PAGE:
BEIJING, Sept. 1 (Xinhua) -- China's legislature on Friday passed a Nuclear Safety Law.
The legislation was adopted after a third reading at the bimonthly session of the Standing Committee of the National People's Congress, which ended Friday.
The new law reflects China's rational, coordinated and balanced nuclear safety outlook, as well as its commitment to fulfilling obligations under international treaties.
The government will carry out international exchanges and cooperation to prevent and deal with the threat of nuclear terrorism, says the law, which will go into effect Jan. 1, 2018.
An inter-agency coordination mechanism for nuclear safety and a national committee in charge of emergency response to nuclear accidents will be established.
The law also details protocols for nuclear facility operators, who should provide adequate occupational protection and regular medical examinations for employees.
Operators must establish funds to cover treatment of spent fuel, radioactive waste and decommissioning. Radioactive waste should be minimized and treated properly.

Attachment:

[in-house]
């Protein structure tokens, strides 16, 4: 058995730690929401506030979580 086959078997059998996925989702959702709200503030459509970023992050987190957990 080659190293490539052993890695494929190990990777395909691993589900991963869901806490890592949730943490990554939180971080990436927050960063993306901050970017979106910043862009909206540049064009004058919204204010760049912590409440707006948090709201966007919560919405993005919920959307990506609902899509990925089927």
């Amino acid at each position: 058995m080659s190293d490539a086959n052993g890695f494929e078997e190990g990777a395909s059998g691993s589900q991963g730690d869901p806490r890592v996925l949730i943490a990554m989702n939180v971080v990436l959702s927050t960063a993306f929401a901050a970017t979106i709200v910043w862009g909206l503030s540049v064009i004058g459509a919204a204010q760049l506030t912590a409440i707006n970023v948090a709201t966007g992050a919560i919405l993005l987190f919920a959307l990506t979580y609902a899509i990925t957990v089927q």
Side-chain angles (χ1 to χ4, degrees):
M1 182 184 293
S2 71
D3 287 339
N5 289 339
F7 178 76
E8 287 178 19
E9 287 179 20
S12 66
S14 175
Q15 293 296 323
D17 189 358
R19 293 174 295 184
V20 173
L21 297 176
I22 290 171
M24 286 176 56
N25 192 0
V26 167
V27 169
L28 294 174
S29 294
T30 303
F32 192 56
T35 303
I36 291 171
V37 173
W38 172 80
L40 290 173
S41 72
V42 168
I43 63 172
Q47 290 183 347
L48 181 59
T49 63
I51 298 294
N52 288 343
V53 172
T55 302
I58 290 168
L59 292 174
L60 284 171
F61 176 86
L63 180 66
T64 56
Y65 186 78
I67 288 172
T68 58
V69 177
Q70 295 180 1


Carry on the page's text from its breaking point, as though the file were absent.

Operators are also required to buy liability insurance, participate in a mutual support mechanism and make proper financial arrangements to guarantee the timely and effective fulfillment of compensation in the case of accidents.
An entire chapter is dedicated to the transparency of the industry, requiring the government to disclose results of supervision, the general safety situation, the radioactive environment quality and details of nuclear accidents.
On issues related to public interest, both local governments and facility operators are required to solicit public opinion. Public understanding and support are important to the healthy and sustainable development of nuclear energy, said Guo Chengzhan, deputy director of the National Nuclear Safety Administration.
China currently has 36 operational nuclear reactors and is building 20 more.
Based on the development plan and the energy strategy, the nuclear energy industry will grow even faster in the coming years, said Guo at a press conference after the conclusion of the bimonthly session.
By the end of 2020, China aims to have 58 million kilowatts of nuclear power capacity in operation and more than 30 million kilowatts under construction.